“The RNC and Trump Campaign have invested over $350 million to develop a sophisticated data operation to identify voters in key states such as Minnesota and Wisconsin. As a result, we have a huge advantage over the Democrats and will help elect Republicans up and down the ballot,” Trump Victory spokesperson Samantha Cotten said in an emailed statement.

Comments (46)

  1. Submitted by Joel Stegner on 12/20/2019 - 10:43 am.

    If Democrats turn out like they did in 2018, Republicans are in real trouble. This time, there is no excuse for not understanding how bad Trump is.

  2. Submitted by Scot Kindschi on 12/20/2019 - 10:51 am.

    Short answer? No.

  3. Submitted by Ray Schoch on 12/20/2019 - 11:05 am.

    We won’t know until the election results are announced, but I certainly hope not. Donald Trump doesn’t belong in any public office, at any level, much less the presidency.

  4. Submitted by Max Hailperin on 12/20/2019 - 11:45 am.

    A lot is going to hinge on whether voters in greater Minnesota choose to effectively abstain, whether by not voting at all, not voting specifically in the presidential race, or voting for someone other than the two main candidates. The Trump campaign won’t just be trying to drive up turnout, they’ll be trying to win over those who voted for Gary Johnson and Evan McMullin in 2016. Conversely, they’ll be trying to convert Democratic voters into abstainers. Both of these goals are likely to be served by targeting a lot of negative advertising at greater Minnesota, portraying the Democratic candidate as scary.

  5. Submitted by Paul Udstrand on 12/20/2019 - 12:56 pm.

    This scenario of a possible Trump victory assumes that Democratic voting levels will remain static. A more popular Democratic candidate will bring out more Democrats. Experience shows us that voters who don’t either candidate can stay home. Disenchanted Trumps voter don’t have to vote for the Democrat.

    There’s no empirical reason to assume that Trump voters will decide the election result in MN, so analyzing Trump voters alone is probably in error.

  6. Submitted by Tom Crain on 12/21/2019 - 11:19 am.

    here is an interesting visual for 2016 votes by county. Kind of a bubble graph laid over the state map

    https://upload.wikimedia.org/wikipedia/commons/1/17/Minnesota_2016_presidential_results_by_county.png

  7. Submitted by William Hunter Duncan on 12/21/2019 - 12:00 pm.

    Those living in such counties generally have been left behind by corporate/bank/billionaire globalization, so anyone who listens to their concerns and offers up some tangible argument as to how they are going to improve rural economics, will likely get their vote.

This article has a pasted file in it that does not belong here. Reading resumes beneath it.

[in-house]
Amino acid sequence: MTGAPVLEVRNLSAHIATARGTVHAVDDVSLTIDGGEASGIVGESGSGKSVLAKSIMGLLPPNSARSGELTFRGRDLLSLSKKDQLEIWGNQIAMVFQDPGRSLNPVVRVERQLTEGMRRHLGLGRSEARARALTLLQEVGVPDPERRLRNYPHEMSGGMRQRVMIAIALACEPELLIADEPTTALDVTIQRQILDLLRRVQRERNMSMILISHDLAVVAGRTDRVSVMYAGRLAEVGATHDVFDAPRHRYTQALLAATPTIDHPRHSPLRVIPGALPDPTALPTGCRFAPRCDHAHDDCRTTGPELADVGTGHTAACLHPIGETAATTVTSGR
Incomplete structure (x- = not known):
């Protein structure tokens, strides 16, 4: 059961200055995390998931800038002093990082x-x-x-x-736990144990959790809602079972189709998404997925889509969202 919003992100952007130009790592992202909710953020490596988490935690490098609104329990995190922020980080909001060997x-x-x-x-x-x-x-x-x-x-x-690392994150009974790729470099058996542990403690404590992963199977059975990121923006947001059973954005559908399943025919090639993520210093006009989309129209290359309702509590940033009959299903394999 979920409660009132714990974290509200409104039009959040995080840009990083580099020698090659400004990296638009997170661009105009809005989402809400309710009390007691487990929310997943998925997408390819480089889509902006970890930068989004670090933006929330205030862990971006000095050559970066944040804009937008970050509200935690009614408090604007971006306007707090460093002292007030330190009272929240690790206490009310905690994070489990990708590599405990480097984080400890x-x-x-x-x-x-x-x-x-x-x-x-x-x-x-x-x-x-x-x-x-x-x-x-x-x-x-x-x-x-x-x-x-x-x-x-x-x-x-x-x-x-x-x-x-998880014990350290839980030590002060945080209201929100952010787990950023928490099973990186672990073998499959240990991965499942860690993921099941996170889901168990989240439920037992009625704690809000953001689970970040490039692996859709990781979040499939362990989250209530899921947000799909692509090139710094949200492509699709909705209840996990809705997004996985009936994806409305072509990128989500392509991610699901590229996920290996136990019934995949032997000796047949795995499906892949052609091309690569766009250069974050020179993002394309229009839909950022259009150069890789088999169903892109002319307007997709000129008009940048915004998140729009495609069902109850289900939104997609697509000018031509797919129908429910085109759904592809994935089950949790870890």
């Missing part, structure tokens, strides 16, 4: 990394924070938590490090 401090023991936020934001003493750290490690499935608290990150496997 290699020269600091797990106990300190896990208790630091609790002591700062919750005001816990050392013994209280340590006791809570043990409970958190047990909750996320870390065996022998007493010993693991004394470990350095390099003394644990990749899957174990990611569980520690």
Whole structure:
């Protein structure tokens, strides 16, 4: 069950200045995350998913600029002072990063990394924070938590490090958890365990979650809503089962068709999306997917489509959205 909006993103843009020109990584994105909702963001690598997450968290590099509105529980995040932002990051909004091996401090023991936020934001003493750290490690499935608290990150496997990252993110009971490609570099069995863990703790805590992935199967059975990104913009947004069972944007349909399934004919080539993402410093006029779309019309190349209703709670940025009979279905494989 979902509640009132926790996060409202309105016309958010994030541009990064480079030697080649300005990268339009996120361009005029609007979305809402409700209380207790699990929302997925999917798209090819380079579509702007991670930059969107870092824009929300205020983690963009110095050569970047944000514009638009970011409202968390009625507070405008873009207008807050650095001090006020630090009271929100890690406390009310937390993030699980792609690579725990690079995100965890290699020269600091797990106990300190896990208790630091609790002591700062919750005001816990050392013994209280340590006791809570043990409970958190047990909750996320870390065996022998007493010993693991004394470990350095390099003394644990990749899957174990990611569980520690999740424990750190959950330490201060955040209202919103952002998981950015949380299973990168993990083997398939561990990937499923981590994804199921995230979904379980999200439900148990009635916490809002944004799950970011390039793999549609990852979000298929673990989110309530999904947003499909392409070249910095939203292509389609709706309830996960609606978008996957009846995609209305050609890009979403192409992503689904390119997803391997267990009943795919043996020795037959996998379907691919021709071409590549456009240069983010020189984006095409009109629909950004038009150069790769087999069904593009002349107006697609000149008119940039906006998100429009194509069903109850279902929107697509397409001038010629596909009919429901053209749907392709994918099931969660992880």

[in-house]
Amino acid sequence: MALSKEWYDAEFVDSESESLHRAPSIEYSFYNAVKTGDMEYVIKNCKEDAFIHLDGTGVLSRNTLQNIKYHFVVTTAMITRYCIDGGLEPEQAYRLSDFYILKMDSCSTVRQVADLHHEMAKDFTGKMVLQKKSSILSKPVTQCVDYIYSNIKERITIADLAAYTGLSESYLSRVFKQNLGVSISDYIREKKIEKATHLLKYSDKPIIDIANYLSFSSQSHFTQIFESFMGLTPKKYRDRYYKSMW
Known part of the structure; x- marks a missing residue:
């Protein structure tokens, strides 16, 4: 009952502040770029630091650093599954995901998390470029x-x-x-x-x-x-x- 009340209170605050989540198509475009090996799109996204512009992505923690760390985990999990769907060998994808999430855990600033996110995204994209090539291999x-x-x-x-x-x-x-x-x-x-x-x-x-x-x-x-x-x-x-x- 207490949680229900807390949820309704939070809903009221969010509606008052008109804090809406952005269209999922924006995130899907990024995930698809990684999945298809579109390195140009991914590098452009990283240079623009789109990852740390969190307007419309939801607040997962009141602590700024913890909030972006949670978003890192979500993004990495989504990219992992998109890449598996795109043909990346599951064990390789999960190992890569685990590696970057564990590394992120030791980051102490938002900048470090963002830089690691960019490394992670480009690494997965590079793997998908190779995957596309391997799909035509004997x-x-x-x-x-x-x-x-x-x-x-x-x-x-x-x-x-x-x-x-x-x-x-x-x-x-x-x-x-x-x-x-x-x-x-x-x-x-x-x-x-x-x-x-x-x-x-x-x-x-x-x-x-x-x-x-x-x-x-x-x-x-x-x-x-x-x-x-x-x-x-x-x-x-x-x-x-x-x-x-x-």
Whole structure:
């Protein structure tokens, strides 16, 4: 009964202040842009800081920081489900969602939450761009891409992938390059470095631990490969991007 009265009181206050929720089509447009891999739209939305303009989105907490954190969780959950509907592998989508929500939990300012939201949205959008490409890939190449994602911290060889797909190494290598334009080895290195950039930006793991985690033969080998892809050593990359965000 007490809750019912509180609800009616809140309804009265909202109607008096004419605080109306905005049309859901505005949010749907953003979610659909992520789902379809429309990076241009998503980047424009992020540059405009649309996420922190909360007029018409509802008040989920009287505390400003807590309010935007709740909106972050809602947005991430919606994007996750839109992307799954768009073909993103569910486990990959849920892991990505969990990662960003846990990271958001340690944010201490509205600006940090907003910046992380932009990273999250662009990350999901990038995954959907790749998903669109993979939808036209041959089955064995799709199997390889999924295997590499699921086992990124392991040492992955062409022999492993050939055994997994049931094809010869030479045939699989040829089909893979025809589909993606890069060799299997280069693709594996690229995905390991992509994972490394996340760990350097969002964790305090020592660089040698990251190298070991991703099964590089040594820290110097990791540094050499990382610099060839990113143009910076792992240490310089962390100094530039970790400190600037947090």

Dems on the other hand are making no argument, how to improve rural economics. In fact they seem to act like rural/working poor economics don’t matter, which is an opening for Trump to exploit. The more people left behind by globalization, AI, Automation, Corporatism, private equity, the more Dems lose if they continue to argue for economic policies that are more of the same having impoverished so many.

    • Submitted by Paul Brandon on 12/21/2019 - 05:04 pm.

      Minnesota just elected a governor from Blue Earth county — not an urban powerhouse.

      • Submitted by William Hunter Duncan on 12/22/2019 - 09:22 am.

        Walz ran against a weak, uncharismatic candidate, Jeff Johnson. Walz was and is also very supportive of copper/nickle mining in northern Minnesota, his economics generally are indistinguishable from Republicans, he has a military connection, but also manages to protray himself as a more compassionate conservative Dem.

        • Submitted by Pat Terry on 12/22/2019 - 08:16 pm.

          The idea that Walz’s economics are no different from Republicans is utter nonsense. You should have quit when Paul blew up your argument by pointing out the Dems elected a governor from a rural district.

          • Submitted by William Hunter Duncan on 12/23/2019 - 11:01 am.

            First of all, the discussion is about what presidential candidate can win rural counties in Minnesota, not how the democrat Walz from rural country won the one state he was running in.

            Second of all, I offered at least one example how Walz’ economics are not much different than Republican. I would add that he has not suggested anything to stem the tide of consolidation in agriculture, fundamental to rural economics. In fact what economic policy has he offered that isn’t more neoliberal status quo, great for the wealthy and a nothingburger for the rest of us?

            Otherwise, I think my argument holds up just fine. Bernie has plenty that would appeal to rural counties. Biden? About as much as Obama.

      • Submitted by Paul Udstrand on 12/26/2019 - 01:39 pm.

        The idea that Walz won because of his geographic origin or his “centrists” politics has always been garbage.

        Most voters have no idea whatsoever where he lived before he was governor and they certainly didn’t vote for him based his address. The fact that “moderates” keep pointing to his hometown as proof of some kind merely reveals their own political isolation.

        Walz ran to the left, not the middle. While he talked about bring MN together he did promise to that by sharing power with Republicans, he promised to that by solving problems and building on success. He even endorsed a public option for MN.

        Walz ran as liberal. I decided to roll the dice and vote for him despite decades of bait-n-switch Democrats, and I have to say thus far I’m not unhappy with Walz.